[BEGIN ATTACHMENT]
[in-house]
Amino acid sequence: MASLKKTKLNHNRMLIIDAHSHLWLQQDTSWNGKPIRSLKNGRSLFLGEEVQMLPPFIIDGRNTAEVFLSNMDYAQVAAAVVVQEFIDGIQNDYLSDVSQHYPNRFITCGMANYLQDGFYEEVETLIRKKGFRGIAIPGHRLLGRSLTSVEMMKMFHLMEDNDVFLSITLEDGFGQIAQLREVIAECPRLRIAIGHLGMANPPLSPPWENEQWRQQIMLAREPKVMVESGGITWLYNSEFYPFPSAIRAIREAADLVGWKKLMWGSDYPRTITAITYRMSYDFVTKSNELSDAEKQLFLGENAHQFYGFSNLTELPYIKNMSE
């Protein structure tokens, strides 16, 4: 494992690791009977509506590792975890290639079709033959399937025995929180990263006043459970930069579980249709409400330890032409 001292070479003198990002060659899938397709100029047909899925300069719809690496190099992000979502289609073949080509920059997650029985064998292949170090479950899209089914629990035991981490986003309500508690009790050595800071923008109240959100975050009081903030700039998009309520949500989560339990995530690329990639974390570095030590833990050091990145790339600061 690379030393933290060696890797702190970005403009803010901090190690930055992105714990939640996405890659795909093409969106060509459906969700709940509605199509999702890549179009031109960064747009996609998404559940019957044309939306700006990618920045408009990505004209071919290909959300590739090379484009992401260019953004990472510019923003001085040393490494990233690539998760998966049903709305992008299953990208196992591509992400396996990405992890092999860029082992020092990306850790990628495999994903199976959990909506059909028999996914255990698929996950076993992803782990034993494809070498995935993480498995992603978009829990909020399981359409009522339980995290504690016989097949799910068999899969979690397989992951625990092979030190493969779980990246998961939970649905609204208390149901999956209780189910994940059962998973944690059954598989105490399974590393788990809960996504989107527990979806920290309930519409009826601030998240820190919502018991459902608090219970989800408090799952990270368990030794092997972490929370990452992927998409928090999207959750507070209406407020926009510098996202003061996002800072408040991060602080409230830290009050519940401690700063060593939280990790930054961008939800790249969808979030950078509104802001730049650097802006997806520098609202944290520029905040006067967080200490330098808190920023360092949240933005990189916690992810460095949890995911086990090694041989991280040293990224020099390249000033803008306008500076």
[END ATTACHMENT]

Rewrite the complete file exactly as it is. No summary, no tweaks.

[in-house]
Amino acid sequence: MASLKKTKLNHNRMLIIDAHSHLWLQQDTSWNGKPIRSLKNGRSLFLGEEVQMLPPFIIDGRNTAEVFLSNMDYAQVAAAVVVQEFIDGIQNDYLSDVSQHYPNRFITCGMANYLQDGFYEEVETLIRKKGFRGIAIPGHRLLGRSLTSVEMMKMFHLMEDNDVFLSITLEDGFGQIAQLREVIAECPRLRIAIGHLGMANPPLSPPWENEQWRQQIMLAREPKVMVESGGITWLYNSEFYPFPSAIRAIREAADLVGWKKLMWGSDYPRTITAITYRMSYDFVTKSNELSDAEKQLFLGENAHQFYGFSNLTELPYIKNMSE
């Protein structure tokens, strides 16, 4: 494992690791009977509506590792975890290639079709033959399937025995929180990263006043459970930069579980249709409400330890032409 001292070479003198990002060659899938397709100029047909899925300069719809690496190099992000979502289609073949080509920059997650029985064998292949170090479950899209089914629990035991981490986003309500508690009790050595800071923008109240959100975050009081903030700039998009309520949500989560339990995530690329990639974390570095030590833990050091990145790339600061 690379030393933290060696890797702190970005403009803010901090190690930055992105714990939640996405890659795909093409969106060509459906969700709940509605199509999702890549179009031109960064747009996609998404559940019957044309939306700006990618920045408009990505004209071919290909959300590739090379484009992401260019953004990472510019923003001085040393490494990233690539998760998966049903709305992008299953990208196992591509992400396996990405992890092999860029082992020092990306850790990628495999994903199976959990909506059909028999996914255990698929996950076993992803782990034993494809070498995935993480498995992603978009829990909020399981359409009522339980995290504690016989097949799910068999899969979690397989992951625990092979030190493969779980990246998961939970649905609204208390149901999956209780189910994940059962998973944690059954598989105490399974590393788990809960996504989107527990979806920290309930519409009826601030998240820190919502018991459902608090219970989800408090799952990270368990030794092997972490929370990452992927998409928090999207959750507070209406407020926009510098996202003061996002800072408040991060602080409230830290009050519940401690700063060593939280990790930054961008939800790249969808979030950078509104802001730049650097802006997806520098609202944290520029905040006067967080200490330098808190920023360092949240933005990189916690992810460095949890995911086990090694041989991280040293990224020099390249000033803008306008500076």